This is why it's also important to review exam objectives before you sit for the exam, because they often do and list updates that are gonna be made to the objectives.
So you might be asking, what's the difference between using side recovery for business continuity and using it for migrations? It's actually pretty simple. You'd still set up replication from on premises machines to azure and perform a fail over. But once the Phil over is complete, you simply don't fail back.
If you're taking on premises servers to azure after the fail over is completed and workloads are verified, you a turnoff for decommission the on premises resource and just use the new one running in azure.
This process can also use if you want to migrate azure virtual machines from one region to another region or migrate and aws instance into azure.
Next, let's discuss as your backup. What as your backup does is pretty evident from his name. It provides backup service is utilizing the azure cloud.
Keeping with the theme of azure Recovery Service is as your backup is not just for azure virtual machines. You can also back up on premises, serves and workloads, thereby offloading any on premises backup solutions you might have hosted now.
But as your backup provides is apt, consistent, automatic and secure backup solution. You can back up a granular levels on the server, such as files, folders, machine system states and apple, where data backups.
You don't have to worry about expanding storage management or replication.
And you can use replication technologies like L R S R G RS, which is a concept we learned from our storage account discussions and earlier episodes.
And also you only have to pay for the storage that you use. So you might be asking yourself, Why would I use as your backup over as your sight recovery
as your backup provides data backup and recovery at a granular level?
Well, as your side recovery is for the entire server and requires failing it over
without your backup, you could just restore files, folders or machine system states instead of replicating the entire server before Mina fell over.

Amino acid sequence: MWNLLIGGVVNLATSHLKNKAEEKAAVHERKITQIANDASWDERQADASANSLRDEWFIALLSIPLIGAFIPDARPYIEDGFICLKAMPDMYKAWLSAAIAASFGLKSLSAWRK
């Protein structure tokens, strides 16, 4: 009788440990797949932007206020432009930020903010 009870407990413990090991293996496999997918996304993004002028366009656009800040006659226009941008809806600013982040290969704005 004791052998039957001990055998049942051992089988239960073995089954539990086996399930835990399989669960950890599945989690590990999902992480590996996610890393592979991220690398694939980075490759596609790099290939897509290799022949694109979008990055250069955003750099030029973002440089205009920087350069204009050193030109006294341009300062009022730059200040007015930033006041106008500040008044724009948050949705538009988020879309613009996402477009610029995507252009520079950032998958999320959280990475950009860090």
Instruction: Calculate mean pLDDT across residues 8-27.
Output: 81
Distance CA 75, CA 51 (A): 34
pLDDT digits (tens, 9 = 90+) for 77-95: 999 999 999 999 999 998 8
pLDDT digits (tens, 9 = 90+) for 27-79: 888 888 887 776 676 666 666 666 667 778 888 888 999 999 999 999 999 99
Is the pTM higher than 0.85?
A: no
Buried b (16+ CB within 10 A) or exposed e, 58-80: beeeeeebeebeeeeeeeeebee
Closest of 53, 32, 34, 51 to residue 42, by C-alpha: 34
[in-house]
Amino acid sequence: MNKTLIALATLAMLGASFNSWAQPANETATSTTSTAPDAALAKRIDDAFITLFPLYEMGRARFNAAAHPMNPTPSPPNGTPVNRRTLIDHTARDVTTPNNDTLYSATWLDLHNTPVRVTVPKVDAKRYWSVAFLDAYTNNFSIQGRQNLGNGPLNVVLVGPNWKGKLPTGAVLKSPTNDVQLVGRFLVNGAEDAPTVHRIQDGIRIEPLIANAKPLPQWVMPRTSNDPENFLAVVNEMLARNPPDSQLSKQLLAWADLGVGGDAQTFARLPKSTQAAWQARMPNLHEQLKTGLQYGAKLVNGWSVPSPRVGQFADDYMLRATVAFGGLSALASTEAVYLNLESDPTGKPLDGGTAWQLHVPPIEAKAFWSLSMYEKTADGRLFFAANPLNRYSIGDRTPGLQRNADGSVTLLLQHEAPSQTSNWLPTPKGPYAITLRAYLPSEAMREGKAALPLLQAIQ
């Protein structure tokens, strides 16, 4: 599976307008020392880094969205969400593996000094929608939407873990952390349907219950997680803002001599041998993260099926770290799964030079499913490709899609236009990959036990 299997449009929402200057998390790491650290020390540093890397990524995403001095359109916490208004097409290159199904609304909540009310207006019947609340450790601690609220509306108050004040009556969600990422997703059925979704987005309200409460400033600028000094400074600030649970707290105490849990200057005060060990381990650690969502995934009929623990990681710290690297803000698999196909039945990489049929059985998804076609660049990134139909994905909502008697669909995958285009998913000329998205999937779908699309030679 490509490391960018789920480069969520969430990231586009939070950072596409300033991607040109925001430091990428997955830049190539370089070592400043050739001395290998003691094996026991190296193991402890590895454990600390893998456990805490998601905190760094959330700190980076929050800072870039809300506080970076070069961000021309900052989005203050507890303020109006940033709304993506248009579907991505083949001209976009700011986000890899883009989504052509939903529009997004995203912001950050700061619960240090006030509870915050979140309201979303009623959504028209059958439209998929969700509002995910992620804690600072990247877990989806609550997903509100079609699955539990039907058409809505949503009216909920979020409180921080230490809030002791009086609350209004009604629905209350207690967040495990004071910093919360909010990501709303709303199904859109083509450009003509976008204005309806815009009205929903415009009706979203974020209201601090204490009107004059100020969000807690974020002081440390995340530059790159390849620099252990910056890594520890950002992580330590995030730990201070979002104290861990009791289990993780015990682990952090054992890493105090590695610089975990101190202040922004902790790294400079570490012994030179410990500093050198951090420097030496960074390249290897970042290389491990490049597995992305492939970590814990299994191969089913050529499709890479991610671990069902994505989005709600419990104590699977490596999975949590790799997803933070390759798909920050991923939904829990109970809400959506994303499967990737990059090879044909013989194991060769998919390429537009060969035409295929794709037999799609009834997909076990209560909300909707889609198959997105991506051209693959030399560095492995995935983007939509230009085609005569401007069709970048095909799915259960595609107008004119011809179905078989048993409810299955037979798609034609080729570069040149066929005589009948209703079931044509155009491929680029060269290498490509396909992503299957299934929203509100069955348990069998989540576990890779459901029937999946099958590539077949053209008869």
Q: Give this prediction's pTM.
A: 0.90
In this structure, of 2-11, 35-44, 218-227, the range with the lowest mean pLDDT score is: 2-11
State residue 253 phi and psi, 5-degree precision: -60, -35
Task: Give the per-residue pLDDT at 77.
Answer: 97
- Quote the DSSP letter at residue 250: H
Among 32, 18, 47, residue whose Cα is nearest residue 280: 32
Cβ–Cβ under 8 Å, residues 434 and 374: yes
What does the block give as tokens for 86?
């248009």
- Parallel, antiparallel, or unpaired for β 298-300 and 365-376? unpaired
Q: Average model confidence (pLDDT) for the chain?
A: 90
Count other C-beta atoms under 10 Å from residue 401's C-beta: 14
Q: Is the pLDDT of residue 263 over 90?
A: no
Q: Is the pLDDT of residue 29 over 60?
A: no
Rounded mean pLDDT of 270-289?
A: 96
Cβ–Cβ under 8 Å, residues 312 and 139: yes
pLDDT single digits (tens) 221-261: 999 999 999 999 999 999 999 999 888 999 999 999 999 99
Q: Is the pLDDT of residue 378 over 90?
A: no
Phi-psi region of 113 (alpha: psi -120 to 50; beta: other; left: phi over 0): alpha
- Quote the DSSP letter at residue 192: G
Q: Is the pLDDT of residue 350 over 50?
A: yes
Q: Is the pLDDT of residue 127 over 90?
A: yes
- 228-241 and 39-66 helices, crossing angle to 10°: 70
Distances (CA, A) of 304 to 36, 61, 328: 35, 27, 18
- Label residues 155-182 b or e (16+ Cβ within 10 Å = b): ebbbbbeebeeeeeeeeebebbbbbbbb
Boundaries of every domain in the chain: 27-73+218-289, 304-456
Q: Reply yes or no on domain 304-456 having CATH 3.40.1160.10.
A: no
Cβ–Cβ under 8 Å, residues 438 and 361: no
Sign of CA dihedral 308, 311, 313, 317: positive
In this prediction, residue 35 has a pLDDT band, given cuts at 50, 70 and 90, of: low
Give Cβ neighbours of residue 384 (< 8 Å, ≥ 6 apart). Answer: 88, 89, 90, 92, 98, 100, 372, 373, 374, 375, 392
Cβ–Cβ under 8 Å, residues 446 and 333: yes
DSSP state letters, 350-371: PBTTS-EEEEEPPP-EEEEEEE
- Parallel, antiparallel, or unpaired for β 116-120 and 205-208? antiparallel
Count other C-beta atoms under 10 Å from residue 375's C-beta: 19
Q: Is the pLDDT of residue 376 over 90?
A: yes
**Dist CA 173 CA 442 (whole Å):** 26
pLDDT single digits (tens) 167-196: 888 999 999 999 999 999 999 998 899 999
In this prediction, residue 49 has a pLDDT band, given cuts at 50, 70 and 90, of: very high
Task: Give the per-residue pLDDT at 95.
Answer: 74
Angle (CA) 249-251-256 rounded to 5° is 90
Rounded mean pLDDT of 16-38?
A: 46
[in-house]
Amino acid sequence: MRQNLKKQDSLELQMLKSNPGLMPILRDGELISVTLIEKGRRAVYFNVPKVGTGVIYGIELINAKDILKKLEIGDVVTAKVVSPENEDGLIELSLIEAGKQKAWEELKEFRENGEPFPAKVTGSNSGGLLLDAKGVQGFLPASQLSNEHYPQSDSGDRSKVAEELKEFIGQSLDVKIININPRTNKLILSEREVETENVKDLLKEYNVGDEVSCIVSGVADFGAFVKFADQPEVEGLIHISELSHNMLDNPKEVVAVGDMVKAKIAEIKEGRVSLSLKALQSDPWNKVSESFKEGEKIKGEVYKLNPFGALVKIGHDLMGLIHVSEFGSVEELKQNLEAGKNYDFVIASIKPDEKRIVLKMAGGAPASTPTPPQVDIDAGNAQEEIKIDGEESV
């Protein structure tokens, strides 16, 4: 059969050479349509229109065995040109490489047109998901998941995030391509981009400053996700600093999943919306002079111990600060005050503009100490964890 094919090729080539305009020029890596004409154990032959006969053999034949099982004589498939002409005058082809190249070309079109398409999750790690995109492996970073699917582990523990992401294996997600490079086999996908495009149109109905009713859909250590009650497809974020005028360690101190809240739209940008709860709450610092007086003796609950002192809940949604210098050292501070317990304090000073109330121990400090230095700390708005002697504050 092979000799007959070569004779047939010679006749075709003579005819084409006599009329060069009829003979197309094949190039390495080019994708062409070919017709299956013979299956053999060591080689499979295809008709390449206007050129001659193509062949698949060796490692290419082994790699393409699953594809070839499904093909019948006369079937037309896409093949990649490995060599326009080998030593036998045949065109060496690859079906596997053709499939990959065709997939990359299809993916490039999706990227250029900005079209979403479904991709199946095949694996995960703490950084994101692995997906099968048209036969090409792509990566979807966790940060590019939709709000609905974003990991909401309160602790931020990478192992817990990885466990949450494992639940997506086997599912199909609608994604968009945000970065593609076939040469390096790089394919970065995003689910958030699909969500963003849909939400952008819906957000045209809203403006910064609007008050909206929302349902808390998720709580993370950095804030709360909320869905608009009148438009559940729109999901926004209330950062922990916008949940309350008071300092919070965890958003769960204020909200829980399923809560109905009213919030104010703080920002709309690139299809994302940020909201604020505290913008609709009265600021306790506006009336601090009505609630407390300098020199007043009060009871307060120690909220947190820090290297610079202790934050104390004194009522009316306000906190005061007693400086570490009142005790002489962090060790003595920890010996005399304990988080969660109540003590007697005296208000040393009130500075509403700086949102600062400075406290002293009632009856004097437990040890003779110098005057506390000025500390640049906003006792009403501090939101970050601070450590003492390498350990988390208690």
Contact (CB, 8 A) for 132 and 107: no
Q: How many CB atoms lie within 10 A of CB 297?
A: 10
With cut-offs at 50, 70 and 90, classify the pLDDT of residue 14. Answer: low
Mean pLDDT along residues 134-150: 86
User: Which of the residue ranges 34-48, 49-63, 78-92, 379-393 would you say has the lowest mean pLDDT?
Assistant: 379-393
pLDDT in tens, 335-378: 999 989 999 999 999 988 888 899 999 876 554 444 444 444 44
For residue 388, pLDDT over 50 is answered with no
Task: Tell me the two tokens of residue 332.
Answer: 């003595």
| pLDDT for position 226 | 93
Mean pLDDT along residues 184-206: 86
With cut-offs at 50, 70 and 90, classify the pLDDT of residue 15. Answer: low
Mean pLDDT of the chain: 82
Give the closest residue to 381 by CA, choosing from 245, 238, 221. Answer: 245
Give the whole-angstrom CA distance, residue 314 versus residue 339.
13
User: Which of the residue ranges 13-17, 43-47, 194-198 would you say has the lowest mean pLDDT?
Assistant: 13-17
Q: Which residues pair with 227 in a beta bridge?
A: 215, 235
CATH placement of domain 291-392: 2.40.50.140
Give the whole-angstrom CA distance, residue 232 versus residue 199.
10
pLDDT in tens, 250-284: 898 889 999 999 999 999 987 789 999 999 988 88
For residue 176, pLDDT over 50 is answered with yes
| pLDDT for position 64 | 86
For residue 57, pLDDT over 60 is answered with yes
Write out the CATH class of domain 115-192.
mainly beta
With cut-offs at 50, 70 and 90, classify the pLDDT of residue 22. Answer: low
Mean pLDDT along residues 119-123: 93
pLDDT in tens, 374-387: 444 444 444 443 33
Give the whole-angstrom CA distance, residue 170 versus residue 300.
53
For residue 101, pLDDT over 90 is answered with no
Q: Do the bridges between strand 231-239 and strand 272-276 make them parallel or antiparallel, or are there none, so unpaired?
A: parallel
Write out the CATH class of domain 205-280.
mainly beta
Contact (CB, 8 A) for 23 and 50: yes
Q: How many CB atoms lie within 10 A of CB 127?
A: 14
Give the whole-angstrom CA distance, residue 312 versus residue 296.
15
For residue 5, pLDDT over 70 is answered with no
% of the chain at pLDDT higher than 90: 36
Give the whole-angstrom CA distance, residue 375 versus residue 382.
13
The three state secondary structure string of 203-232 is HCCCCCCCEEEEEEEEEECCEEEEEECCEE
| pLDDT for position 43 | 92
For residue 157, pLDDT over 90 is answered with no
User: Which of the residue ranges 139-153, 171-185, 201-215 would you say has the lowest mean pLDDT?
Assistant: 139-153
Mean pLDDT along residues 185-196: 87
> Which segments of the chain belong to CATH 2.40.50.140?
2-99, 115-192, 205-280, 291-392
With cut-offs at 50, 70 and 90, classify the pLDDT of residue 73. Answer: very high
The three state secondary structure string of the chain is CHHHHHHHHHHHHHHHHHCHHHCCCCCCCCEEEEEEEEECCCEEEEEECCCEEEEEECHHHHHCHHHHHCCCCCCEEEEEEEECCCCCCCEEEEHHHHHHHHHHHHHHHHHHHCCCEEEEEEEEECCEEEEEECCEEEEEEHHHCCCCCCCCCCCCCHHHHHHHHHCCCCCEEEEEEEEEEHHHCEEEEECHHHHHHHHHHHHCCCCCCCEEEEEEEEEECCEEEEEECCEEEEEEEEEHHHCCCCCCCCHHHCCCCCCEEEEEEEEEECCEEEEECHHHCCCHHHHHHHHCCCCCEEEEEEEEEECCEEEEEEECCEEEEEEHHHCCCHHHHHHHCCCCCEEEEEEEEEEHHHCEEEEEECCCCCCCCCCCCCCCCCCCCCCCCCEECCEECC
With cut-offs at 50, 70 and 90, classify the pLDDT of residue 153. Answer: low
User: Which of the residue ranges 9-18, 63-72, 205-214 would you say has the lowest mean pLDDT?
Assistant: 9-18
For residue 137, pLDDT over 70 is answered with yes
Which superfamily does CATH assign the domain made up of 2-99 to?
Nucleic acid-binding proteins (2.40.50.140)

As your backup has a couple of different components, the first is a recovery service is vault
this fall is a resource that could be configured inside of most. Azure Resource is like virtual machines.
The recovery service vault must be in the same location or region as the virtual machines being backed up
via virtue machines and multiple regions. You'll need a vault in each of those regions.
The next component is a backup policy. This defines how backups are taken and how long they should be retained. You can set different retention periods for the daily, weekly, monthly and even yearly backups. And here on the right, we have a screenshot of what the backup policy looks like, and we'll take a further look at the's in our demo in the next episode.
Finally, there is the Mars Agent or the Microsoft Azure Recovery Service is agent.
This is used by as your backup to back up the files, folders and system state from on premises and as your servers,
it's responsible for sending the data to the Recovery service fault Inside of Azure.
You can also combine this agent with the on Premises Product System Center, data protection manager server. You can have the servers back up to this on premises server, then have the data protection manager back up to a vault and azure using the Mars agent
that does it for discussing an azure site recovery. And as your backup.
I think it's best in the next episode if we jump into a demo so we can look at how we configure the service's and get a better understanding of these concepts.
See you in the next episode.
Up Next